“Mary Lou did more work on that farm than two men,” Belcher said. “She carried bales of hay out to feed the cows.”

Mary Lou’s appearance also was noted in the investigator’s report to Surrogate’s Court.

“She is very slender and stands only 5 foot, 2 inches tall. This is scarcely the robust, obese white female Dr. Joel Paull described when he interviewed her for the court in 2002,” the report stated.

“She did recall one time police came to check on her, and Clara told them that she would start letting Mary Lou live in the house. They were satisfied with that and left, but in reality that did not occur,” the report said.

Another time, when relatives bought Mary Lou a winter coat, Wilfred Steff burned it, according to Social Services court papers. Belcher confirmed that incident occurred.

The clothes that Mary Lou owned, the report to Surrogate’s Court stated, were kept in empty dog food bags stored in a shed. When she arrived at her nephew and niece’s home, she had little more than the clothes on her back.

After seeing different incidents from his nearby property in which Mary Lou appeared to be mistreated, Belcher said he felt compelled to contact authorities about a month ago. Belcher says he is estranged from Wilfred over a quarrel they had over his hunting on Wilfred’s his land without permission, but that the disagreement has nothing to do with his concern for Mary Lou.

Belcher said he acted after he noticed Mary Lou wandering over to his nearby home and picking apples and eating them.

“I called the police, and a few weeks later Mary Lou was taken away and placed with a nephew and niece,” Belcher said. “Someone had to do something.”

Worsening conditions

Not long after Belcher complained to authorities, Surrogate’s Court appointed attorney Leigh E. Anderson, an advocate for the disabled, as Mary Lou’s lawyer and directed her to investigate Mary Lou’s living conditions.

What Anderson found was shocking.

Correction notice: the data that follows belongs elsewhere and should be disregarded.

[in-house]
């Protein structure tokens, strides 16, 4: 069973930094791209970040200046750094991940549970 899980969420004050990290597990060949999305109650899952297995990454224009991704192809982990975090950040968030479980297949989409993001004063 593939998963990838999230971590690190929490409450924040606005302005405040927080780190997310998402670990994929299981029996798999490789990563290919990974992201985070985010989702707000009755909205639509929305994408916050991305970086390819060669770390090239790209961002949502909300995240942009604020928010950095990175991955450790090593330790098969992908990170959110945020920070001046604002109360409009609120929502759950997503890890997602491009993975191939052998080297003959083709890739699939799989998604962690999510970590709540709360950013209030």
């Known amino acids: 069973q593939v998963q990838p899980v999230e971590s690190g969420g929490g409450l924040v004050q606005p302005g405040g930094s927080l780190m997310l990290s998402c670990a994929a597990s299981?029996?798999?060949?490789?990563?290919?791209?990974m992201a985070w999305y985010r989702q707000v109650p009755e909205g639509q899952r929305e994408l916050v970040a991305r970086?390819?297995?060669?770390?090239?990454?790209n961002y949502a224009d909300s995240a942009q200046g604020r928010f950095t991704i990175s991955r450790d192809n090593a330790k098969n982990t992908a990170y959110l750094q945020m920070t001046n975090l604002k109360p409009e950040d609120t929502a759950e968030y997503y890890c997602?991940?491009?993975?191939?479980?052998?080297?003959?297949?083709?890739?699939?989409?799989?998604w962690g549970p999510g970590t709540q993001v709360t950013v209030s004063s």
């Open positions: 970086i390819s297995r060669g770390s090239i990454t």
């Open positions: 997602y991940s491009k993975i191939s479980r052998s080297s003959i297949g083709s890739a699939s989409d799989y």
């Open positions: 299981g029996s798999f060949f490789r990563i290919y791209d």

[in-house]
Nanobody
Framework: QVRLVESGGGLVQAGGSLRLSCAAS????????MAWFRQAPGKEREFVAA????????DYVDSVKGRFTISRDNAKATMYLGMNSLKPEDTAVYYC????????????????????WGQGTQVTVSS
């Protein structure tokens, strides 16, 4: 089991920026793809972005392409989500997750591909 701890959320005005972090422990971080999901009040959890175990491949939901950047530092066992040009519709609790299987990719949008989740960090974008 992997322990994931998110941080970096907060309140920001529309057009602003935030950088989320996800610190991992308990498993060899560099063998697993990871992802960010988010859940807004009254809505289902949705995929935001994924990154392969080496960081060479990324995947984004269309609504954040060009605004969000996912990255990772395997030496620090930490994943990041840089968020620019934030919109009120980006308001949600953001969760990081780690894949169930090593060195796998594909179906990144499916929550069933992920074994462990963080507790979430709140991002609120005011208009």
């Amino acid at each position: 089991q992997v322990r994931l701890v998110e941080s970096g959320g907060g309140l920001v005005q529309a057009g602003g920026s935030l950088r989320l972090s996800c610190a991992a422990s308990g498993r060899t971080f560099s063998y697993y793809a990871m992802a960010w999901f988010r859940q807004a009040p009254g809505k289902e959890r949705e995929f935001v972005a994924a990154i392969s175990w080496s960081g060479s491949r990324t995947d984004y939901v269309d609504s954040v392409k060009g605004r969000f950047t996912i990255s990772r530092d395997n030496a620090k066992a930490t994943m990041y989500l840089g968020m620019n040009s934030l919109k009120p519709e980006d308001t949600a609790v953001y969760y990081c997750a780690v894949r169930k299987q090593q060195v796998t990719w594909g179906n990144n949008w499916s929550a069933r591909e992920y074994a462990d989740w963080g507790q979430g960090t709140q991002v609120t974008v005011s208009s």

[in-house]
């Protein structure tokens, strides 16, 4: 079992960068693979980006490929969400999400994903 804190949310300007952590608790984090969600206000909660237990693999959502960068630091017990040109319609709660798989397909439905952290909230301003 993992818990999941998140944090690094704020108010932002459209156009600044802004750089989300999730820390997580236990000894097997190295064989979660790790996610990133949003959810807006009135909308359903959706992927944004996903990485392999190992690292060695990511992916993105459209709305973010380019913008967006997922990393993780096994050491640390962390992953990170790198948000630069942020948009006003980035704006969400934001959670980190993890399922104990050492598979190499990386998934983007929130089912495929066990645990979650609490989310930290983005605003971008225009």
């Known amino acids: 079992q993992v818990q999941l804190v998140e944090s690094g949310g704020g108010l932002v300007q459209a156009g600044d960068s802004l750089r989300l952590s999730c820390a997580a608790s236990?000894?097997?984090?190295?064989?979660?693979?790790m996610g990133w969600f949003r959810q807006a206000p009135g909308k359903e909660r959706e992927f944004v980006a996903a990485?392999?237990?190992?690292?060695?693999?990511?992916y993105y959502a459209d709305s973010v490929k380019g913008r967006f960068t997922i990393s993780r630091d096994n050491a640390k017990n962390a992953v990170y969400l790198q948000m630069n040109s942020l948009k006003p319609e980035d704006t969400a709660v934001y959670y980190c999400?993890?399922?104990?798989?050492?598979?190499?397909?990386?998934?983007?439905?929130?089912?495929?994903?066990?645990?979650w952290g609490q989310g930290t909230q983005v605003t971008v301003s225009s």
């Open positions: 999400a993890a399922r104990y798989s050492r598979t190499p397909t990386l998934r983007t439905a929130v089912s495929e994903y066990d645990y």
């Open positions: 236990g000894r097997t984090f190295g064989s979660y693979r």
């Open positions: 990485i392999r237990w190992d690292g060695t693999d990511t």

“Her sleeping quarters were in a shed attached to the barn. She had to shovel manure and water the heifers. If Wilfred and Clara went away, they locked the door to the house so she had to remain outside and without access to any food. Mary Lou said she was always hungry. Sometimes the neighbors would give her food. She could not remember when she was allowed to bathe or the last time she saw a doctor or a dentist,” Anderson reported.

Anderson’s findings will be reviewed next month in Erie County Surrogate’s Court.

Not only was she never paid for her long hours of work on the farm, Mary Lou never got to keep her monthly disability check from Social Security, Anderson determined. And when Wilfred Steff discovered Mary Lou had salted away a suitcase full of loose change, he confiscated it, Anderson reported. Mary Lou also told The Buffalo News that incident occurred.

If Mary Lou failed to follow orders around the farm, the consequences were dire.

“Mary Lou told me that Wilfred used to shoot his shotgun in the air, and one time, he shot her in the back with a BB gun. Obviously, Wilfred and Clara are a danger to Mary Lou’s health and well-being,” Anderson reported on her interview with Mary Lou at the home of the nephew and niece.

Belcher said he witnessed the BB gun incident.

“Wilfred shot her with a BB gun if she wouldn’t do what he said. I was outside and saw him shoot at her,” he said. “I also saw him try to run her over with a tractor.”